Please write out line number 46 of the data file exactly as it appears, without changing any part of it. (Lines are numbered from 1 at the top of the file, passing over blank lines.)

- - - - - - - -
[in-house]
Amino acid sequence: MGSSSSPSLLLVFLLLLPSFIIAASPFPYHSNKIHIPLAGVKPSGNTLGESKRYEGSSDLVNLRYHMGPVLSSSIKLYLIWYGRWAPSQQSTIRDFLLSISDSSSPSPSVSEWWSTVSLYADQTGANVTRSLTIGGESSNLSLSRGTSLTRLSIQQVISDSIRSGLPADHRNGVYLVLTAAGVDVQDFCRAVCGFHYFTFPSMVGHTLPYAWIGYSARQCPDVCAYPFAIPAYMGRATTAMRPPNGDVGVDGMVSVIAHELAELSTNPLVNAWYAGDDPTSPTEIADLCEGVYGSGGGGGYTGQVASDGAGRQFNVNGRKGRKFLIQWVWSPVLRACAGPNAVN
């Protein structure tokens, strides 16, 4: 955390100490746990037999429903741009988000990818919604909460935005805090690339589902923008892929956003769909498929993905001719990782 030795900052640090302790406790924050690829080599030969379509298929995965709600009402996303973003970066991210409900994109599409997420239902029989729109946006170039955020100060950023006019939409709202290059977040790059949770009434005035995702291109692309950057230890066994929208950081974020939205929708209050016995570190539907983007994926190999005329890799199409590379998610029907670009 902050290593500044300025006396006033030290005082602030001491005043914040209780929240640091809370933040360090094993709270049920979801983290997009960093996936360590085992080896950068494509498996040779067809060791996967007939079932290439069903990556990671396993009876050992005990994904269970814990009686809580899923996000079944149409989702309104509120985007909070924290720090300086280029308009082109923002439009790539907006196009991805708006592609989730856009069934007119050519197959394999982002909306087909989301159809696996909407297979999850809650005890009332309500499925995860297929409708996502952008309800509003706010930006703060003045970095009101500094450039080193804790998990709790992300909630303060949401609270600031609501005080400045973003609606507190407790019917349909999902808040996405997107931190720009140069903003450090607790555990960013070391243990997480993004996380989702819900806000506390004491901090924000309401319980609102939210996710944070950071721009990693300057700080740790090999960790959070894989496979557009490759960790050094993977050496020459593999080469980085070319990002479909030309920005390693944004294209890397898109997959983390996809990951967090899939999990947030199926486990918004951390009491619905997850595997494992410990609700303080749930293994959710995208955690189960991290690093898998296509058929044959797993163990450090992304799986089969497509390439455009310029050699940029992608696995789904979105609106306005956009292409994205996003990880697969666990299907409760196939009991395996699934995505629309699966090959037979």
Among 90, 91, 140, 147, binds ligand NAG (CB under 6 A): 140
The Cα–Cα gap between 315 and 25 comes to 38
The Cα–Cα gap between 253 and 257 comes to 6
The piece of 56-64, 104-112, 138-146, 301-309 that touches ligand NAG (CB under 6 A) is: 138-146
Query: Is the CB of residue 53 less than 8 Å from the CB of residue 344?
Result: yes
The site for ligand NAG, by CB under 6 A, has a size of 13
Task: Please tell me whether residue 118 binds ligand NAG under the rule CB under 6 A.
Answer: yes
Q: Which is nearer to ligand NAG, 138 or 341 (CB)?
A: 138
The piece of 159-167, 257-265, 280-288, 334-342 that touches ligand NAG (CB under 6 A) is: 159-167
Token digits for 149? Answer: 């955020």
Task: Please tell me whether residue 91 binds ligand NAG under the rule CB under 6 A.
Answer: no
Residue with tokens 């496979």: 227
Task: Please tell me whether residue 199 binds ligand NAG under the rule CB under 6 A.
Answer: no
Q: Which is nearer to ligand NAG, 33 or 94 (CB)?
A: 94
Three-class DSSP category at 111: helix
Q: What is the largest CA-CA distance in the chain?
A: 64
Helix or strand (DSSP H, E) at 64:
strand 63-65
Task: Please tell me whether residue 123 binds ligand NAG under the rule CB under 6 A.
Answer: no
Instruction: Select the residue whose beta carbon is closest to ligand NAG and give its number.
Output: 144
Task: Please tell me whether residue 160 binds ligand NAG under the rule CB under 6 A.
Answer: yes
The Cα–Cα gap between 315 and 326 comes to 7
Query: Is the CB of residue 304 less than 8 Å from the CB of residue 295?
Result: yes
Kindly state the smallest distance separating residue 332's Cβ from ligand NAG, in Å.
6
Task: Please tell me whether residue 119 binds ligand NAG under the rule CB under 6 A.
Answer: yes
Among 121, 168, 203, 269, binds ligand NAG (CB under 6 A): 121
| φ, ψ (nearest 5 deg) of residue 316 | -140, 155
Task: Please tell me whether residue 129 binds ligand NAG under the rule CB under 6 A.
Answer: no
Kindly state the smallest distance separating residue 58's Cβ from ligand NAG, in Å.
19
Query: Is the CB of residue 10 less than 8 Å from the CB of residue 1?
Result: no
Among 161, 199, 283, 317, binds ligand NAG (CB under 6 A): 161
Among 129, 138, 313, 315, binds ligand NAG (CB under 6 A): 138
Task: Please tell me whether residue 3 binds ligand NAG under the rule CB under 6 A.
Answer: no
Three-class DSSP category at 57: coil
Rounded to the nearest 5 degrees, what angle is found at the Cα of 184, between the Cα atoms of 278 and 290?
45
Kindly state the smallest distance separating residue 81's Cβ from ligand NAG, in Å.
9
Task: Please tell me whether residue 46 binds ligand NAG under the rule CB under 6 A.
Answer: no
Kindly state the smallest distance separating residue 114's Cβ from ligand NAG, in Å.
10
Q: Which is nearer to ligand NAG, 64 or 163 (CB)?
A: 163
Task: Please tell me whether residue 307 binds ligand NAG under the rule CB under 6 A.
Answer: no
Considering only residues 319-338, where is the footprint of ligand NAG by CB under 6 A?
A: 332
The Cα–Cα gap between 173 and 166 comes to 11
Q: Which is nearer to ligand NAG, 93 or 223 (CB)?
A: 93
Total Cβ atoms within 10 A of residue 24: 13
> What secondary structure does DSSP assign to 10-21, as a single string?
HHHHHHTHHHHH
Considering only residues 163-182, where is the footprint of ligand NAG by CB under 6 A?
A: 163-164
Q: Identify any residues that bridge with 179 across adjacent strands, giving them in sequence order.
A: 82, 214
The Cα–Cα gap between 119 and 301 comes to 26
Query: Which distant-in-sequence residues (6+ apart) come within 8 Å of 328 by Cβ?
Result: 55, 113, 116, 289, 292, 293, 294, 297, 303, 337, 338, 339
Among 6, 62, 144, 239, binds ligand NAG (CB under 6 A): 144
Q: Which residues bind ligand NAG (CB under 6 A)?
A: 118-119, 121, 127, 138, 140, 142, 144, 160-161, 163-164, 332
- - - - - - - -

Kindly state the smallest distance separating residue 58's Cβ from ligand NAG, in Å.